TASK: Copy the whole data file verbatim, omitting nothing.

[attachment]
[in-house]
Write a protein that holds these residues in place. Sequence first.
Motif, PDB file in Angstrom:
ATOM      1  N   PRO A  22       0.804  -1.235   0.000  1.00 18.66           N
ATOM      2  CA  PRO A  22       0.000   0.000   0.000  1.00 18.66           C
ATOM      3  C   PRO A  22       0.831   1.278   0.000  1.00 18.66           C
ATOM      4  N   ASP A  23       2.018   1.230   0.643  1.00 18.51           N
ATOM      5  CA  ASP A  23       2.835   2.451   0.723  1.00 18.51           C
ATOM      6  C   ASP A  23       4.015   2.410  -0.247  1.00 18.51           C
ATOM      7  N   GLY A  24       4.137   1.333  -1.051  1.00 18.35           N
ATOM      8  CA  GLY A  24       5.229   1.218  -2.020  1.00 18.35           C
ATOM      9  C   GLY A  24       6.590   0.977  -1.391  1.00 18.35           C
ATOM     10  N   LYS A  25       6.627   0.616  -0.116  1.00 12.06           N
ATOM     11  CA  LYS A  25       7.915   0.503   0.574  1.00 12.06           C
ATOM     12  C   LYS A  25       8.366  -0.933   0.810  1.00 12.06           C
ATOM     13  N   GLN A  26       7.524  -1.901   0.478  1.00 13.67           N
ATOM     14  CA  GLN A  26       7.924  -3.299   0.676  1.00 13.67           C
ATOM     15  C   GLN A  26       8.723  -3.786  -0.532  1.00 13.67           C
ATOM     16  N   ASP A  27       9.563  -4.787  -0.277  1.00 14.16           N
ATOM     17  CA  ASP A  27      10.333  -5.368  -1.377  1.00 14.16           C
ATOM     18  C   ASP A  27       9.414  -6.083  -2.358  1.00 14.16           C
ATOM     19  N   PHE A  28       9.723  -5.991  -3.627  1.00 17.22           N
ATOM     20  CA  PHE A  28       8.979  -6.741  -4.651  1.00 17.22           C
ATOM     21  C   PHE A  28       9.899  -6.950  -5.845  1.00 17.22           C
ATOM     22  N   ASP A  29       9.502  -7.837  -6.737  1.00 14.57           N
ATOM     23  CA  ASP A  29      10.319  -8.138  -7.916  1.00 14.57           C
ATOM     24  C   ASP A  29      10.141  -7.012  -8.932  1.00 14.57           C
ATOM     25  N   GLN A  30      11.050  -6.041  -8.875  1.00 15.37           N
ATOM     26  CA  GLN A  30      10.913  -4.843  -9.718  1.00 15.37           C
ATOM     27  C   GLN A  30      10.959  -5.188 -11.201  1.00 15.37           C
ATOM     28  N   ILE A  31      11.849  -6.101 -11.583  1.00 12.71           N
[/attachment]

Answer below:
[in-house]
Write a protein that holds these residues in place. Sequence first.
Motif, PDB file in Angstrom:
ATOM      1  N   PRO A  22       0.804  -1.235   0.000  1.00 18.66           N
ATOM      2  CA  PRO A  22       0.000   0.000   0.000  1.00 18.66           C
ATOM      3  C   PRO A  22       0.831   1.278   0.000  1.00 18.66           C
ATOM      4  N   ASP A  23       2.018   1.230   0.643  1.00 18.51           N
ATOM      5  CA  ASP A  23       2.835   2.451   0.723  1.00 18.51           C
ATOM      6  C   ASP A  23       4.015   2.410  -0.247  1.00 18.51           C
ATOM      7  N   GLY A  24       4.137   1.333  -1.051  1.00 18.35           N
ATOM      8  CA  GLY A  24       5.229   1.218  -2.020  1.00 18.35           C
ATOM      9  C   GLY A  24       6.590   0.977  -1.391  1.00 18.35           C
ATOM     10  N   LYS A  25       6.627   0.616  -0.116  1.00 12.06           N
ATOM     11  CA  LYS A  25       7.915   0.503   0.574  1.00 12.06           C
ATOM     12  C   LYS A  25       8.366  -0.933   0.810  1.00 12.06           C
ATOM     13  N   GLN A  26       7.524  -1.901   0.478  1.00 13.67           N
ATOM     14  CA  GLN A  26       7.924  -3.299   0.676  1.00 13.67           C
ATOM     15  C   GLN A  26       8.723  -3.786  -0.532  1.00 13.67           C
ATOM     16  N   ASP A  27       9.563  -4.787  -0.277  1.00 14.16           N
ATOM     17  CA  ASP A  27      10.333  -5.368  -1.377  1.00 14.16           C
ATOM     18  C   ASP A  27       9.414  -6.083  -2.358  1.00 14.16           C
ATOM     19  N   PHE A  28       9.723  -5.991  -3.627  1.00 17.22           N
ATOM     20  CA  PHE A  28       8.979  -6.741  -4.651  1.00 17.22           C
ATOM     21  C   PHE A  28       9.899  -6.950  -5.845  1.00 17.22           C
ATOM     22  N   ASP A  29       9.502  -7.837  -6.737  1.00 14.57           N
ATOM     23  CA  ASP A  29      10.319  -8.138  -7.916  1.00 14.57           C
ATOM     24  C   ASP A  29      10.141  -7.012  -8.932  1.00 14.57           C
ATOM     25  N   GLN A  30      11.050  -6.041  -8.875  1.00 15.37           N
ATOM     26  CA  GLN A  30      10.913  -4.843  -9.718  1.00 15.37           C
ATOM     27  C   GLN A  30      10.959  -5.188 -11.201  1.00 15.37           C
ATOM     28  N   ILE A  31      11.849  -6.101 -11.583  1.00 12.71           N